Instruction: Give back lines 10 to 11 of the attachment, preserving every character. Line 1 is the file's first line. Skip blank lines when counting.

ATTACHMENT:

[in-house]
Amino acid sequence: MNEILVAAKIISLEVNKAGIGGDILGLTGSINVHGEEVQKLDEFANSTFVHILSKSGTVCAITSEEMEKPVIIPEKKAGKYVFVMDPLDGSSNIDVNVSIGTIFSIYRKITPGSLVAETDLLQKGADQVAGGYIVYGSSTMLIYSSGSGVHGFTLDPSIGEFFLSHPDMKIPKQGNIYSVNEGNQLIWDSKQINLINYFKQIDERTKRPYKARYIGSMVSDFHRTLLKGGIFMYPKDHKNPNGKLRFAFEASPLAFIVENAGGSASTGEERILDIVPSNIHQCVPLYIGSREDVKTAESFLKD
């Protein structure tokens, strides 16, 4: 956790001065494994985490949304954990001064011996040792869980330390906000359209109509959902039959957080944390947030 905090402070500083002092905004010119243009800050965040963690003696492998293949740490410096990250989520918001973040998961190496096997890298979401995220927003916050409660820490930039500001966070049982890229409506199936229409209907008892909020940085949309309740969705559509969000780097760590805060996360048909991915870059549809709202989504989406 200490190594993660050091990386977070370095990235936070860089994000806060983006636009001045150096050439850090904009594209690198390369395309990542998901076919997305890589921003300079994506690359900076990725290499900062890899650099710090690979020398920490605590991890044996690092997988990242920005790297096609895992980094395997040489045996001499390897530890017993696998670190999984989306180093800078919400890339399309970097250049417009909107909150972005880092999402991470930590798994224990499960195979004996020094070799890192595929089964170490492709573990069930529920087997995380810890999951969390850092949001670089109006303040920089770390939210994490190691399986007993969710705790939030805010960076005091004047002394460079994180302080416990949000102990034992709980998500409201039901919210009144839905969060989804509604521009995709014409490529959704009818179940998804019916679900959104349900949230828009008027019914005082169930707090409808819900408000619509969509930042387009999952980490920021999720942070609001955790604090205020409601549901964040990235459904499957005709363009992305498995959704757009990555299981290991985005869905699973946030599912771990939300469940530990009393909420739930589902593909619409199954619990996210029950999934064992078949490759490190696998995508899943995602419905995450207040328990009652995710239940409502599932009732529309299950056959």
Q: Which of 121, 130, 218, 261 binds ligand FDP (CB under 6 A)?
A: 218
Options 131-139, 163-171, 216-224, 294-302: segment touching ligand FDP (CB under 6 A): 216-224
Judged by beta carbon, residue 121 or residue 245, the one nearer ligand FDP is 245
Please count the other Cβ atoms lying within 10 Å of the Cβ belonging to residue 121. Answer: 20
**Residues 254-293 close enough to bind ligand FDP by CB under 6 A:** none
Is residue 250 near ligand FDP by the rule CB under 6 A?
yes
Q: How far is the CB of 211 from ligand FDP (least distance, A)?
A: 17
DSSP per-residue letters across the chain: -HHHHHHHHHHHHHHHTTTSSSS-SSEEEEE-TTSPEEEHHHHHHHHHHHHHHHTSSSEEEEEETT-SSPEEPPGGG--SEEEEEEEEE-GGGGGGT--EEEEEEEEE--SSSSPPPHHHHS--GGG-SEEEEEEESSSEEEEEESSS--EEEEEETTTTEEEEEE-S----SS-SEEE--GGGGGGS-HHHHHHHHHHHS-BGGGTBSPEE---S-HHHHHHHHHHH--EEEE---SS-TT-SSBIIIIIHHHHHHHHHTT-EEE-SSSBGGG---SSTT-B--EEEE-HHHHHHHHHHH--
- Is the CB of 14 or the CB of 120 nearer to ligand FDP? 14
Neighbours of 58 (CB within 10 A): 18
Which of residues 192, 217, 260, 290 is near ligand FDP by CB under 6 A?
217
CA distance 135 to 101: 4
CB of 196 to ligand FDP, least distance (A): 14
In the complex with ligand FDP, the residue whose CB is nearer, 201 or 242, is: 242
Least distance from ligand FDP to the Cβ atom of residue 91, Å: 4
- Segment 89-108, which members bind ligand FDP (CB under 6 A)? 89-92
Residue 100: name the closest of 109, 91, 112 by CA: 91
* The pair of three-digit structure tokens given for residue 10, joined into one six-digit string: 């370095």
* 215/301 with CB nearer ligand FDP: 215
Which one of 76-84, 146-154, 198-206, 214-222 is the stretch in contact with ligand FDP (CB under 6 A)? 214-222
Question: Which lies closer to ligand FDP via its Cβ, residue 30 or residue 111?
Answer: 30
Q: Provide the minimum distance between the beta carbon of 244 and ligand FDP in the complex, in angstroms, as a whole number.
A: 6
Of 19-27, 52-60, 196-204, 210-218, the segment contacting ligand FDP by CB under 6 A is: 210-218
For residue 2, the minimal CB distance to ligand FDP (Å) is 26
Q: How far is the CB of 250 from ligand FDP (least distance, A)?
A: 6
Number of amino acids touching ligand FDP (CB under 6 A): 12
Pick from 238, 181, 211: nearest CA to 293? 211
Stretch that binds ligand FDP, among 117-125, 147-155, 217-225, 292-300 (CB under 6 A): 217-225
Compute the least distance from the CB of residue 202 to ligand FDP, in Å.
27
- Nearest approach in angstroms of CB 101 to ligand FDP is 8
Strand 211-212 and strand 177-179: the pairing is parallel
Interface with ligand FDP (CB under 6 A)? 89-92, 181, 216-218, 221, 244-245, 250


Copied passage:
Is residue 250 near ligand FDP by the rule CB under 6 A?
yes